Bureaucracy hurts homeland security, Bush aide says

The bureaucratic structure in the executive and legislative branches is one of the main limitations on the Bush administration’s homeland security initiatives, the deputy assistant to the president for homeland security, said today.

“The Department of Homeland Security still has 88 oversight committees in Congress,” Joel Bagnal said at the 2nd annual National Congress for Secure Communities.

He called for a consolidation of the congressional review process for homeland security initiatives similar to that which the House and Senate Congressional Armed Services committees have regarding military oversight.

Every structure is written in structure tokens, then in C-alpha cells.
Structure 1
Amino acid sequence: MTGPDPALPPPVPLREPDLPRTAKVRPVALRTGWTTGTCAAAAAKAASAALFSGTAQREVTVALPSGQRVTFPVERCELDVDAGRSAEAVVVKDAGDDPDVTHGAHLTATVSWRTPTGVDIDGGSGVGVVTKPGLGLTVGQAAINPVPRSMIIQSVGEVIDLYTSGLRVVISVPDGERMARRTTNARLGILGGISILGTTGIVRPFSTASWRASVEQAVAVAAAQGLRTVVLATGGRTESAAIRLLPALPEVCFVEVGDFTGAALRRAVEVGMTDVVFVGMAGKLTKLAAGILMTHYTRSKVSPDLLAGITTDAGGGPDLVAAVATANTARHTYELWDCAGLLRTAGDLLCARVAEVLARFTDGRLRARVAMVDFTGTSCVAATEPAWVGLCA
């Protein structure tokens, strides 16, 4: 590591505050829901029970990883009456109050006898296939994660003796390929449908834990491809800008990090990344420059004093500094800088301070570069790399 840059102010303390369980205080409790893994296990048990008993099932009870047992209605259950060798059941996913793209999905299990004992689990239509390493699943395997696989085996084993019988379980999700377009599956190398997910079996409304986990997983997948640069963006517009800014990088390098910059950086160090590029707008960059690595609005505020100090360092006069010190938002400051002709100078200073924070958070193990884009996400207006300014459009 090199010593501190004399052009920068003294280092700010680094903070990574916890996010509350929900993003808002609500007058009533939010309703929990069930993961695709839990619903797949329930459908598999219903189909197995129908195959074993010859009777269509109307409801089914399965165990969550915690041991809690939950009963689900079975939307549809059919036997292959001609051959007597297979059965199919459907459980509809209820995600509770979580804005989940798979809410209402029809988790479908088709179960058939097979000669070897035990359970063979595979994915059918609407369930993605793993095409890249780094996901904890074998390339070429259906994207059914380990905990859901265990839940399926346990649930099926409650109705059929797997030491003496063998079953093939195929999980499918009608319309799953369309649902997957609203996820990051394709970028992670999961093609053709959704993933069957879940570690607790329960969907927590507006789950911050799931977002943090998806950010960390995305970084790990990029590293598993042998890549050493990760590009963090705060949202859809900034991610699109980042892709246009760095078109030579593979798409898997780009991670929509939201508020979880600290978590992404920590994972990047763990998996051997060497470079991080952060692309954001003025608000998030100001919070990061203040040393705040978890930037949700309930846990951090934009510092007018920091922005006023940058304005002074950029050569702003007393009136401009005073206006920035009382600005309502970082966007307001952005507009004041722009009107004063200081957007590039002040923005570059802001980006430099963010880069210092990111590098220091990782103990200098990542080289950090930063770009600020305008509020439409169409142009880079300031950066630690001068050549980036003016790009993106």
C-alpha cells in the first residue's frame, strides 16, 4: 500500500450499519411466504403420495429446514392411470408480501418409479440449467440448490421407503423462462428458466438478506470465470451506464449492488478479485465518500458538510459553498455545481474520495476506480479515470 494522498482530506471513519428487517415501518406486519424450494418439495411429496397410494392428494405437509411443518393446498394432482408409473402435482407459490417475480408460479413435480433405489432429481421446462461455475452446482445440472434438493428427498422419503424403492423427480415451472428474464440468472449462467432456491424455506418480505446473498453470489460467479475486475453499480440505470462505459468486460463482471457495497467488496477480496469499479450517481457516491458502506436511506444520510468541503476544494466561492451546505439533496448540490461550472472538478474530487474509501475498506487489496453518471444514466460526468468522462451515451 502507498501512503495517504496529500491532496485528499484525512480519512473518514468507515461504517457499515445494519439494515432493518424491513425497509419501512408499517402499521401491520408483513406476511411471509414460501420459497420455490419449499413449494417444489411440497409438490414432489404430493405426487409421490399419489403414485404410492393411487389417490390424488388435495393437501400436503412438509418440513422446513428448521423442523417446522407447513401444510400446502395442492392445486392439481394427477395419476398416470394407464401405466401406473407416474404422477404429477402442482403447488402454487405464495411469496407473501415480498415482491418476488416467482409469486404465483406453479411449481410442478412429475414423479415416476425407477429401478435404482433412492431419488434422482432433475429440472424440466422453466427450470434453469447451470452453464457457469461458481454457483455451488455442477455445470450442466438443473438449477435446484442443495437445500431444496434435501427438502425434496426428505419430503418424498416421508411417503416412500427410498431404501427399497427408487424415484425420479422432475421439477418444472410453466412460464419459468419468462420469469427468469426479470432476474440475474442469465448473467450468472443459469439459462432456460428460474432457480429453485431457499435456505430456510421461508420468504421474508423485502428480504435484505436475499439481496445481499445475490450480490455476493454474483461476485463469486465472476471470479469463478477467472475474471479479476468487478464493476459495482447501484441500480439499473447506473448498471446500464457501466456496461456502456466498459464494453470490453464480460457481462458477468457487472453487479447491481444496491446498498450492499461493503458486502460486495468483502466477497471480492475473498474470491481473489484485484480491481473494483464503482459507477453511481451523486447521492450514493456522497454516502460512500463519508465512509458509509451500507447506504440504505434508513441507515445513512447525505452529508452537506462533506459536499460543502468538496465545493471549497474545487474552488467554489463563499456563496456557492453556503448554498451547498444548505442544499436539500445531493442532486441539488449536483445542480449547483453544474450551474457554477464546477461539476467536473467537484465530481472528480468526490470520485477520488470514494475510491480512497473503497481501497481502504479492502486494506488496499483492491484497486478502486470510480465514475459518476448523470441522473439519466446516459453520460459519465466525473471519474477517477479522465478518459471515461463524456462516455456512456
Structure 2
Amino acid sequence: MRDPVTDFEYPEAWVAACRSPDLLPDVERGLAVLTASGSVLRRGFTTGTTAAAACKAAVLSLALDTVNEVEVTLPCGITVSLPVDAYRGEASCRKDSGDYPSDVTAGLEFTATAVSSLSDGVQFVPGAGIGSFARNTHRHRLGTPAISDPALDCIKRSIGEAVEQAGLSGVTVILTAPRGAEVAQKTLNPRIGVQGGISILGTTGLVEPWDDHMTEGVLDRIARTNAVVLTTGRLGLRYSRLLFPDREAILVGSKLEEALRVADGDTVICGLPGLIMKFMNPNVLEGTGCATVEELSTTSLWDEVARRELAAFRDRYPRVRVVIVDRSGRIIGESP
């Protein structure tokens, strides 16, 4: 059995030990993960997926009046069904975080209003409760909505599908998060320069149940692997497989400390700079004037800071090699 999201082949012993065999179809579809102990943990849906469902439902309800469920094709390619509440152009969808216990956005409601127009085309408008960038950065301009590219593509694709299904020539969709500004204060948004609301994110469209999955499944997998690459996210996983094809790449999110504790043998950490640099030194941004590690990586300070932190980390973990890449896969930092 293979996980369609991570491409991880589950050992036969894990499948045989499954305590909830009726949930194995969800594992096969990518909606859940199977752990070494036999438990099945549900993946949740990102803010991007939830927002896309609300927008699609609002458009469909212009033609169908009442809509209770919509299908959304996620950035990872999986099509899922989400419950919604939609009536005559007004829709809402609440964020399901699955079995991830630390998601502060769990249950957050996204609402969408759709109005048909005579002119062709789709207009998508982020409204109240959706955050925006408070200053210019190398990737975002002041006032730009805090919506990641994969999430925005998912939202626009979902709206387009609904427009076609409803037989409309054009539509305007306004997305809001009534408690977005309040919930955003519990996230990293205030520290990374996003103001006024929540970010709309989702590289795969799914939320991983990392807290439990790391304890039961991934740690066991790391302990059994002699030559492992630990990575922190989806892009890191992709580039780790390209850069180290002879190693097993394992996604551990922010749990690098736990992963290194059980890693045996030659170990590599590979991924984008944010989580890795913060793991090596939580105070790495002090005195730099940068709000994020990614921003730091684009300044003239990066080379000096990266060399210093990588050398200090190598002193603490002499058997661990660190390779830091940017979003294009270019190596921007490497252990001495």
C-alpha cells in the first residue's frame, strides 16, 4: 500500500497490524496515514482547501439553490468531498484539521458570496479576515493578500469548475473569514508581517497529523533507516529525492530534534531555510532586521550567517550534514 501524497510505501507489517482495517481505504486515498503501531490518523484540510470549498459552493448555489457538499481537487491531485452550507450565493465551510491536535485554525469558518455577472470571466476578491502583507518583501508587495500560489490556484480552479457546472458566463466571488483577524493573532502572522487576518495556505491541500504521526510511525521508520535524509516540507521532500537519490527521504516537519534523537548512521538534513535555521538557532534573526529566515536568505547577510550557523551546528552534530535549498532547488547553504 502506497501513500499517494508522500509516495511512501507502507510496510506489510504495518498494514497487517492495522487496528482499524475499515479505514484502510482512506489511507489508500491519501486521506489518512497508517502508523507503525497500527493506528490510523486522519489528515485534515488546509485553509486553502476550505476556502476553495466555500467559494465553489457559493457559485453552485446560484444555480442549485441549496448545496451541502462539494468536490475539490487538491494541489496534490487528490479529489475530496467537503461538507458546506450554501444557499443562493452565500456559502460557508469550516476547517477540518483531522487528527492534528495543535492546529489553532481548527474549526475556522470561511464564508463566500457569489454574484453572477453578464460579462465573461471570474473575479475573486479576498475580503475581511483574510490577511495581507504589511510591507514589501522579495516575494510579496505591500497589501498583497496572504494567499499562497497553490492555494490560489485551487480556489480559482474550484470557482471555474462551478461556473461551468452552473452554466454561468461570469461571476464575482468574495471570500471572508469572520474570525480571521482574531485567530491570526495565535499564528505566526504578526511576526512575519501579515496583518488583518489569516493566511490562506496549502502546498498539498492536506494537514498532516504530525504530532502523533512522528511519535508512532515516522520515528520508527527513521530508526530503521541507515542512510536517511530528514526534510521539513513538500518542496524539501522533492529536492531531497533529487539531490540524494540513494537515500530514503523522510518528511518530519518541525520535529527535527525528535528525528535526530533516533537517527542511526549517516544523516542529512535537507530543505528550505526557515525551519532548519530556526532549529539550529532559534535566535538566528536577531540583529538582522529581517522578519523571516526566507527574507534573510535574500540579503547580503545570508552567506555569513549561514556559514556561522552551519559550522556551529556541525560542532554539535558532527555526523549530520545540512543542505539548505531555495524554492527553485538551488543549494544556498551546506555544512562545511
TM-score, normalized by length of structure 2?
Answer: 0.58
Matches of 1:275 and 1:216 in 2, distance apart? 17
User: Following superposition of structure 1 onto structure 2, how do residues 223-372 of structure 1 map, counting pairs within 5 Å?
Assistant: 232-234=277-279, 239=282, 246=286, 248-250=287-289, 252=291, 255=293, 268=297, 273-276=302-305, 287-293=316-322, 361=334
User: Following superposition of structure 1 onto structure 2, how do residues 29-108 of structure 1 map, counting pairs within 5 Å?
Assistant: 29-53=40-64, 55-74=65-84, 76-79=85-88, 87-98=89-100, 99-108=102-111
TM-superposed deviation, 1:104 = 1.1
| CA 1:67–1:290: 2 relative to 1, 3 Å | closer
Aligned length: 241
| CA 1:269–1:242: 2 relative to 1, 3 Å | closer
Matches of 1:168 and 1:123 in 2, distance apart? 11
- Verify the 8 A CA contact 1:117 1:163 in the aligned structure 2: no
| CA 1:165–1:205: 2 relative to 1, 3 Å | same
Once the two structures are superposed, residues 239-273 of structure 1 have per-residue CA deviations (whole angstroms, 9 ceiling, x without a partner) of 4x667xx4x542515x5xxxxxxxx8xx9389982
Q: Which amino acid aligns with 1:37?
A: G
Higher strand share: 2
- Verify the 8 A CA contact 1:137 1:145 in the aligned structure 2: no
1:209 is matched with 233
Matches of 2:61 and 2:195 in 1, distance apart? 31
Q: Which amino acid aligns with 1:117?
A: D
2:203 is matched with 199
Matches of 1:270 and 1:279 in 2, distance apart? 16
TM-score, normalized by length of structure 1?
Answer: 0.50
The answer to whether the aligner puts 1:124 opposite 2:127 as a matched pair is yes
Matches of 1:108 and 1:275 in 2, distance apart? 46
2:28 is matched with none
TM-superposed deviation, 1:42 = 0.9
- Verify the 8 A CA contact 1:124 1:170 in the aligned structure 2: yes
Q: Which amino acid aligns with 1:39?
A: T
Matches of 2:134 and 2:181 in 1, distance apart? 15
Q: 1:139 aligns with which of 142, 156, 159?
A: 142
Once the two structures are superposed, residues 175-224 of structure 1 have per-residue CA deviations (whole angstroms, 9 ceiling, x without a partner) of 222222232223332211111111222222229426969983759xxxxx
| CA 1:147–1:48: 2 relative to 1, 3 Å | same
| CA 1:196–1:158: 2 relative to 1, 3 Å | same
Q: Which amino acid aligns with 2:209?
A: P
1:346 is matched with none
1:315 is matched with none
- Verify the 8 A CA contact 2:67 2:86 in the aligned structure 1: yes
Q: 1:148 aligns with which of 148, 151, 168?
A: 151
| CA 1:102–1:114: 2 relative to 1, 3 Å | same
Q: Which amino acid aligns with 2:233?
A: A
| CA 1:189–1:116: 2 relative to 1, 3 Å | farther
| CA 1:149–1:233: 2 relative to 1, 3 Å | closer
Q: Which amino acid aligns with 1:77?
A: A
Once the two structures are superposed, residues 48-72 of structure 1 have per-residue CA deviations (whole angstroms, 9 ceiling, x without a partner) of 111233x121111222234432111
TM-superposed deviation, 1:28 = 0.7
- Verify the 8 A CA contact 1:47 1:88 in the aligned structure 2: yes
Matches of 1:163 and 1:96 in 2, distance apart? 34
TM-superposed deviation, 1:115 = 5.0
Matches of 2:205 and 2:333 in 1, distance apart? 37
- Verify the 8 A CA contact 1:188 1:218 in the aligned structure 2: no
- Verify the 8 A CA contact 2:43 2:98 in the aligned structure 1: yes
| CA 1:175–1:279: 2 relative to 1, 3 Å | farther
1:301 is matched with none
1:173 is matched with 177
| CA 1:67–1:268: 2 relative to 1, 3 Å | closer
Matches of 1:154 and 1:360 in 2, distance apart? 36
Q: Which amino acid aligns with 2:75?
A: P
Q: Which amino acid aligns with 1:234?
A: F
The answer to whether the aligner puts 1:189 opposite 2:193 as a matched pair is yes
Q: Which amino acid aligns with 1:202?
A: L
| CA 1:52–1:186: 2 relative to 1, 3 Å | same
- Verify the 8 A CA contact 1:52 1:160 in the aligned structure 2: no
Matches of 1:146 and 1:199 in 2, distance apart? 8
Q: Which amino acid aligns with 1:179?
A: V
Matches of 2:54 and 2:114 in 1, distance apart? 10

Bagnal said the executive branch’s homeland security apparatus also needs to be reformed to comprise operational teams that focus on specific homeland and national security missions to prevent redundancy.

The executive branch does a “pretty effective job of coordination now with respect to homeland security issues, but we do a horrible job of integration and synchronization,” he added.

Delegates from more than 40 states gathered in Washington Dec. 17 and 18 for the conference to come up with new ideas for the National Blueprint for Secure Communities.

About the Author

Ben Bain is a reporter for Federal Computer Week.

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